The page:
What is the importance of the PDK Poll?
This year’s PDK Poll was entitled, “Frustration in The Schools: Teachers Speak Out on Pay, Funding, and Feeling Valued.” The new release is one of several polls PDK has conducted to examine opinions on public education for more than 50 years. The poll, according to PDK, is “a steady reflection of U.S. opinion about public education.” Its results are meaningful because they offer an annual review of one of the most important parts of our society—public schools, and focuses on of some our nation’s most crucial people—teachers. The poll measures opinions on the value of a public-school education and its teachers while giving us a sense of how our schools are supported, or more importantly, how they are not supported. It gives us a hypothetical picture of what the future of the educational world might hold and enlightens us about current issues from the perspective of the public. It informs and helps us contemplate how students are changing and what we, as educators, need to do to support and foster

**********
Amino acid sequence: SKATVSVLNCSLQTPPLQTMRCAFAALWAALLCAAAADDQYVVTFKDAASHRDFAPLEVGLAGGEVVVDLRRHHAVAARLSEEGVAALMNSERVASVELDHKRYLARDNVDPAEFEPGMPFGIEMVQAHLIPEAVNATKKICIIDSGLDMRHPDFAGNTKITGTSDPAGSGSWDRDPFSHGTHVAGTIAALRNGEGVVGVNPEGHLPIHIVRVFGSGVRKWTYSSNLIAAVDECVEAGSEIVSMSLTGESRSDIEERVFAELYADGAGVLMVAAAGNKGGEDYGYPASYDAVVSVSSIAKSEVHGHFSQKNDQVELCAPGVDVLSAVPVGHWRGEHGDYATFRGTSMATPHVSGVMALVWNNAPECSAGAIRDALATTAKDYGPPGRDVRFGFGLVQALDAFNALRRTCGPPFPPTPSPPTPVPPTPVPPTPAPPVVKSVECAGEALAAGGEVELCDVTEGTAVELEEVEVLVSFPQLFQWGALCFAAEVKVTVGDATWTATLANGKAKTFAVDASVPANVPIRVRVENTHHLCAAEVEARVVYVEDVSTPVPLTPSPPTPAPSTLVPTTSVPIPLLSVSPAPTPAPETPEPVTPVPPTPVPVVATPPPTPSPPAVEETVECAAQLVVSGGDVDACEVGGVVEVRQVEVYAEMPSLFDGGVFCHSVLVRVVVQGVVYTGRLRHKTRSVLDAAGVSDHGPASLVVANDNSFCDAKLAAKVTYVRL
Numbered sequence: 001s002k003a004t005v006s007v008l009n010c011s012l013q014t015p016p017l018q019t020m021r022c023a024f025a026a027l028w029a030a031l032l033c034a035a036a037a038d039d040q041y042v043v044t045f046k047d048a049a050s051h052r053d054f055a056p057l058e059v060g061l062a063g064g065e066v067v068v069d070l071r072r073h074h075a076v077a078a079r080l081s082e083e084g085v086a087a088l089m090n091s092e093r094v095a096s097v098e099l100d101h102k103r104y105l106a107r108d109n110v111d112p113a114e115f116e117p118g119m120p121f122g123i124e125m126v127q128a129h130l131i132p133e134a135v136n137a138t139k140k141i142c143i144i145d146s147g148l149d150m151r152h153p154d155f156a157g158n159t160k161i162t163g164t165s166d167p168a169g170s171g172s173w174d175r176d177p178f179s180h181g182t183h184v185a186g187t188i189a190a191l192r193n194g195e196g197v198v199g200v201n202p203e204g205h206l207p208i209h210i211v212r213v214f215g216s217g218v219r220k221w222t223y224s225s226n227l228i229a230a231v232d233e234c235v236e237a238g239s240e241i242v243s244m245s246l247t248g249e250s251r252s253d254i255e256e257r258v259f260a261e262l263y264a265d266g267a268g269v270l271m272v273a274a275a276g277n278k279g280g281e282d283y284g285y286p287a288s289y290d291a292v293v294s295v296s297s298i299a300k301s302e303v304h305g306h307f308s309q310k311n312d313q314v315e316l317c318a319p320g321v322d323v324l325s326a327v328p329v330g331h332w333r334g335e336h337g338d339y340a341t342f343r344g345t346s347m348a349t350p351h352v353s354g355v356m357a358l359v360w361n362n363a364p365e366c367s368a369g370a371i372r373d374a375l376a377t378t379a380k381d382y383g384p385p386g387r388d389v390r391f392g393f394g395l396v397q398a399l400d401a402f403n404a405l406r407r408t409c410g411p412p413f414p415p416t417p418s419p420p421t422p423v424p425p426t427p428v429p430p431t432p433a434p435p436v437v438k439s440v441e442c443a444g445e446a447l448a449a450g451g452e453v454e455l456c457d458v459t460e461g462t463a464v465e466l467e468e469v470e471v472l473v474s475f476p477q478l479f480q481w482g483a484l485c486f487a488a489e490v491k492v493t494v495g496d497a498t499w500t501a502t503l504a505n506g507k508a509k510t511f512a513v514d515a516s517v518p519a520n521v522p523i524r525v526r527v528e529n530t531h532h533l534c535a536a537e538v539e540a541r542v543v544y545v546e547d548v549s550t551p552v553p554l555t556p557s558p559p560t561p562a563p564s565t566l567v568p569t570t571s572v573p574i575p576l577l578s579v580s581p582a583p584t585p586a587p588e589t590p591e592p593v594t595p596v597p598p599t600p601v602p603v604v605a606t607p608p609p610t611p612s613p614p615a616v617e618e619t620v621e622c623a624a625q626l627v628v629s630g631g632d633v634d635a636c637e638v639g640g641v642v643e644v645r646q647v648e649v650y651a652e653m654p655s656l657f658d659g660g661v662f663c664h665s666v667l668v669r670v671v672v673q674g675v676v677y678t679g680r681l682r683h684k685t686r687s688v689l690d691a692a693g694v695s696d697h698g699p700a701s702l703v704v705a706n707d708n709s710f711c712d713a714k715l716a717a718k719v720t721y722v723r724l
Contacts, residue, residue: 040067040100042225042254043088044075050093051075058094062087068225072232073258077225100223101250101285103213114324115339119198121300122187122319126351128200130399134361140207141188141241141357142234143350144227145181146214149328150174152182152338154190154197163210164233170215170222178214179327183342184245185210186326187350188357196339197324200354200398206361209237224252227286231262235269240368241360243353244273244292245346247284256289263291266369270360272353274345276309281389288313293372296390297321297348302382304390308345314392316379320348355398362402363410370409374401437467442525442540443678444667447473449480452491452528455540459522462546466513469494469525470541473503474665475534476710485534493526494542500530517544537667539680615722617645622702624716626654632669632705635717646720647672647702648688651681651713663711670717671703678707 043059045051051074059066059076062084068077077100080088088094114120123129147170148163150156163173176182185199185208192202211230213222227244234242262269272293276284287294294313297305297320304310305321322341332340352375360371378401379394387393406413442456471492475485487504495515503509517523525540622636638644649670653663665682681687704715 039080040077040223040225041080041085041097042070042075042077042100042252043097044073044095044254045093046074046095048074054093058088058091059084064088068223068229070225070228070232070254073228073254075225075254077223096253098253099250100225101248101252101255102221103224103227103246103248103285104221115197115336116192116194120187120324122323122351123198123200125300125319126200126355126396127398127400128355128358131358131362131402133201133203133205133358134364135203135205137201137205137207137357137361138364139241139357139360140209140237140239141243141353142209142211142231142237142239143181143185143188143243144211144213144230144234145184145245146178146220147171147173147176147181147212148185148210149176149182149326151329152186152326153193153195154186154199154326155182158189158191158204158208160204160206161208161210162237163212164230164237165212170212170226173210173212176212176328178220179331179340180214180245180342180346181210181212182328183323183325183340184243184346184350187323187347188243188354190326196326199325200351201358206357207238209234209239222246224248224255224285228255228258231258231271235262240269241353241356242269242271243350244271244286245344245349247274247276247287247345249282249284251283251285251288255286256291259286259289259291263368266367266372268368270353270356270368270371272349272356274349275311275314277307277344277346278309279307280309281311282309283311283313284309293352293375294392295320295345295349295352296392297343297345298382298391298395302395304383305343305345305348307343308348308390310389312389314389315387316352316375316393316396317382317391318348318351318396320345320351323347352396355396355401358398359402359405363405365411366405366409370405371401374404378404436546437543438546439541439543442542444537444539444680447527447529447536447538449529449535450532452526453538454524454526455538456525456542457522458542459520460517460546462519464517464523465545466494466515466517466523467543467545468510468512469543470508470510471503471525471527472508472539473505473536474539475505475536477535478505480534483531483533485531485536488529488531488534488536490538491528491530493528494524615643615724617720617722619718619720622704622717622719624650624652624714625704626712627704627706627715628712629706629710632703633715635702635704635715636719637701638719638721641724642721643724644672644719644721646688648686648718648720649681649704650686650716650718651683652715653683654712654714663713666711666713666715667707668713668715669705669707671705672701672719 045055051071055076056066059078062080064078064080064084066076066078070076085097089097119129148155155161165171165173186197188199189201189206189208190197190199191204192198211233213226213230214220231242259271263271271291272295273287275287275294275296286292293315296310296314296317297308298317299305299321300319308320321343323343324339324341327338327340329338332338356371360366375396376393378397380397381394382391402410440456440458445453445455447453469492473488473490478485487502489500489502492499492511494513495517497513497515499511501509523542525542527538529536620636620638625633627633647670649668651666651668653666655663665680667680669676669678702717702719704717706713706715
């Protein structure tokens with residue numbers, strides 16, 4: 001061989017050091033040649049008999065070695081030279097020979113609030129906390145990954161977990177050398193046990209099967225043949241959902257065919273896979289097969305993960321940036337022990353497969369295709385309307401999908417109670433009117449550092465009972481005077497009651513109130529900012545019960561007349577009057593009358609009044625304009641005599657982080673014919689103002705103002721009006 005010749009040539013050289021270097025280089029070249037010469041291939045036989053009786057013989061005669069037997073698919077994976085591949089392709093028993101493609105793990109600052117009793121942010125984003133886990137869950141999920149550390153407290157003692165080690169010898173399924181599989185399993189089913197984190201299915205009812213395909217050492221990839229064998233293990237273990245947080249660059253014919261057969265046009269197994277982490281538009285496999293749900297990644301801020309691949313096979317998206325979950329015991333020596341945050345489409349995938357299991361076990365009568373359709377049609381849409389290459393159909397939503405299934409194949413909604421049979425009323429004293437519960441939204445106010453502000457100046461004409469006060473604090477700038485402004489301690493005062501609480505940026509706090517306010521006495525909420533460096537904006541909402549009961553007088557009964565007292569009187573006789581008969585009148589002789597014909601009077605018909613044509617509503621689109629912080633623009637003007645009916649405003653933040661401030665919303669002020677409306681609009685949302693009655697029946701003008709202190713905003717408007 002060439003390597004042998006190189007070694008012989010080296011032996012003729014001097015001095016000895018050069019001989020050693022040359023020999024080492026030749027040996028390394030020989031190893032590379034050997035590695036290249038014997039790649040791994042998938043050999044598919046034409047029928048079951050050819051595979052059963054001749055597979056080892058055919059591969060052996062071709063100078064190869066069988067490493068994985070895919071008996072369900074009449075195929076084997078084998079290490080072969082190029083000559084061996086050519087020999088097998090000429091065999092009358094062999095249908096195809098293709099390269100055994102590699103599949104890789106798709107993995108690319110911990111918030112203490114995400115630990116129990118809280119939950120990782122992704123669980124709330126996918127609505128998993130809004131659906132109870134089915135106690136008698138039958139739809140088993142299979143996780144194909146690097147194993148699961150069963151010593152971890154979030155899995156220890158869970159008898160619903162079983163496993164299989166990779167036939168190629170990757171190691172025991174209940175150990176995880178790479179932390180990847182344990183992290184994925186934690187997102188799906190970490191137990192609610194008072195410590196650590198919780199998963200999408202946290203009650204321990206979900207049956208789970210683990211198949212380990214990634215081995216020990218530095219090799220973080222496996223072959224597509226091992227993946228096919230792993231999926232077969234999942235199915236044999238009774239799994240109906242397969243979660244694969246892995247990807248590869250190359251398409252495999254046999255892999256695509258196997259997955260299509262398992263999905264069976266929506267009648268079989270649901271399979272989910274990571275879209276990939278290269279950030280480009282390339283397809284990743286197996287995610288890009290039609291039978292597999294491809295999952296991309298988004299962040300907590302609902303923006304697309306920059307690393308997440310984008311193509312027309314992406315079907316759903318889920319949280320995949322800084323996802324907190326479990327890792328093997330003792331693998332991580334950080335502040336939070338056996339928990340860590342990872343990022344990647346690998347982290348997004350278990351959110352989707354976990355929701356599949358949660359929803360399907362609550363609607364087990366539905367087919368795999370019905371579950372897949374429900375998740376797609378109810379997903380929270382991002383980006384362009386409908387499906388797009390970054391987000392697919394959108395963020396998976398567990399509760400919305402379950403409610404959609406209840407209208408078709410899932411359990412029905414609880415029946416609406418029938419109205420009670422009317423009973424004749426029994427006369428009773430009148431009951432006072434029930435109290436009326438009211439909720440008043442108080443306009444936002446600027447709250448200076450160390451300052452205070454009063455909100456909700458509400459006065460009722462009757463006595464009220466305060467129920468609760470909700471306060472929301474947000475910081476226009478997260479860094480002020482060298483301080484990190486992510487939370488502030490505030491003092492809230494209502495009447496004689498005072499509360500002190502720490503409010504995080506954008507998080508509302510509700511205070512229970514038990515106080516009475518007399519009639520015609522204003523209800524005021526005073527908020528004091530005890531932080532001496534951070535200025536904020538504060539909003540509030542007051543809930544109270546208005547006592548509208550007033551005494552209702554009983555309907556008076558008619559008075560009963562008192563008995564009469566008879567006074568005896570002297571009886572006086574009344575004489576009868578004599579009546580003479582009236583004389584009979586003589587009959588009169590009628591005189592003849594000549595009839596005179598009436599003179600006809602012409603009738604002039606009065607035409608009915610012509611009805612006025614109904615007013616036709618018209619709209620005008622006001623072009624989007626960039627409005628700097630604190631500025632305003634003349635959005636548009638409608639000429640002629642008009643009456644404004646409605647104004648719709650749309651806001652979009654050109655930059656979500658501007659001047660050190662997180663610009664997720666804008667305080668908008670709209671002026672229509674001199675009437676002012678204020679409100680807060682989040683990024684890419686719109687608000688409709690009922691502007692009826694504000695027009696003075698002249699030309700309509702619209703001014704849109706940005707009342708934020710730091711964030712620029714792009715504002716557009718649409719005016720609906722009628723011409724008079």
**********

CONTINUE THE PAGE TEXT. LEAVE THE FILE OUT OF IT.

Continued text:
This article and photo originally appeared on the Advancing Research & Innovation in the STEM Education of Preservice Teachers in High-Need School Districts (ARISE) website and are reprinted with permission.
Despite heavy investment in STEM (e.g., STEM for ALL), most PK-20 science, technology, engineering, and mathematics instruction remains heavily siloed. To date, educators have not agreed on a clear definition of STEM. Is it curriculum or a teaching technique/pedagogy? Can a science lesson be called STEM, even if the other domains are not fully represented? As technology advocates, we think STEM curricula should have a strong representation from all four domains.
The STEM movement was intended to address science, technology, engineering, and mathematics in order to produce students who are prepared for the unique needs of today’s workforce. With regard to the “T” component of STEM, the only way to develop teacher candidates who fully embrace the power of technology for P12 is to infuse technology throughout their preparation.
A “technology infusion” approach